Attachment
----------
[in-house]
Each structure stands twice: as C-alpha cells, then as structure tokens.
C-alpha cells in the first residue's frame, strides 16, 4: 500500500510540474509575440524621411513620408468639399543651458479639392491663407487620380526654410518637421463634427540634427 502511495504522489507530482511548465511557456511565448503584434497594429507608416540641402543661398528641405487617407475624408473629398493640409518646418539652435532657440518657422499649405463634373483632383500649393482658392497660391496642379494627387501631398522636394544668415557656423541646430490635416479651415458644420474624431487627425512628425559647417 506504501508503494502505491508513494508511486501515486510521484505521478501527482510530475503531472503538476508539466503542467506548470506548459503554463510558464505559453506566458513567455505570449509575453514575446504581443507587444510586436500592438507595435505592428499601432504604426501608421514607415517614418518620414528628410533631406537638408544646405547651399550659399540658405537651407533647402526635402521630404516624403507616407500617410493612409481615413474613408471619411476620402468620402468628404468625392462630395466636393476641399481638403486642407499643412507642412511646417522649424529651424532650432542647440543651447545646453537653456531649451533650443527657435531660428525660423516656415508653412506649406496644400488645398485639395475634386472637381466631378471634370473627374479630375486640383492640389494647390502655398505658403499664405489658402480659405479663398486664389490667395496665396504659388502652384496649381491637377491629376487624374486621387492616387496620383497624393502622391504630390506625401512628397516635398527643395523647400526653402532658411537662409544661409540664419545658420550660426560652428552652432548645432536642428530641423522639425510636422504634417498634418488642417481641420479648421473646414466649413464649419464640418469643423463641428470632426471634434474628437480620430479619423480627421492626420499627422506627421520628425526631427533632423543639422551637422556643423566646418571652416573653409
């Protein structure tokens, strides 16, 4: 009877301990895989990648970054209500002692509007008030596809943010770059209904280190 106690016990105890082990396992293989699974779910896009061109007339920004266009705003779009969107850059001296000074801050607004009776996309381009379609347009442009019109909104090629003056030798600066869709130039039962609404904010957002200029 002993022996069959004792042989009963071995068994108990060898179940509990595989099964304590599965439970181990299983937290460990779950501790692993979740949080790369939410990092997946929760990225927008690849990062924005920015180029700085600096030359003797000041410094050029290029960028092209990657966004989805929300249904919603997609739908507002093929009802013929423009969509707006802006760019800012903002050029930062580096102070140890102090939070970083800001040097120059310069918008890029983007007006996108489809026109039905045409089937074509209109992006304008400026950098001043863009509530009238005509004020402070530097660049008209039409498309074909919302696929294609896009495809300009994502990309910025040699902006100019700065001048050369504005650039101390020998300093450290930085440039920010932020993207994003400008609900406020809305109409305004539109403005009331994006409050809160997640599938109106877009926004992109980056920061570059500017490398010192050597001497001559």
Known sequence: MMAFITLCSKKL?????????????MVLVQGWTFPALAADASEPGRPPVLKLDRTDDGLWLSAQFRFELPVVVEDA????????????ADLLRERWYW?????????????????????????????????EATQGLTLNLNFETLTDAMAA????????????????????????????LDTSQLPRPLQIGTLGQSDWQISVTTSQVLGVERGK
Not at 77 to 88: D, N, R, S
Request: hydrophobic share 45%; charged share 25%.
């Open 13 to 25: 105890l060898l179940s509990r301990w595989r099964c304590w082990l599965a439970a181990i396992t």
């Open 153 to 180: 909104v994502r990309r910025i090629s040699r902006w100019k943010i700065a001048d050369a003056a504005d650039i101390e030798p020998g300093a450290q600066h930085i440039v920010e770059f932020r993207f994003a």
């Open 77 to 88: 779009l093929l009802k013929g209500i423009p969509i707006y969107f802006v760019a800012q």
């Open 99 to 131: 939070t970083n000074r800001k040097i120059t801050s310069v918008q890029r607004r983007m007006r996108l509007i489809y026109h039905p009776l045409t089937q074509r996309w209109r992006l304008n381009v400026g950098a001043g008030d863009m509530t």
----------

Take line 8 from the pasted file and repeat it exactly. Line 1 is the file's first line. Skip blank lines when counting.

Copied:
């Open 13 to 25: 105890l060898l179940s509990r301990w595989r099964c304590w082990l599965a439970a181990i396992t």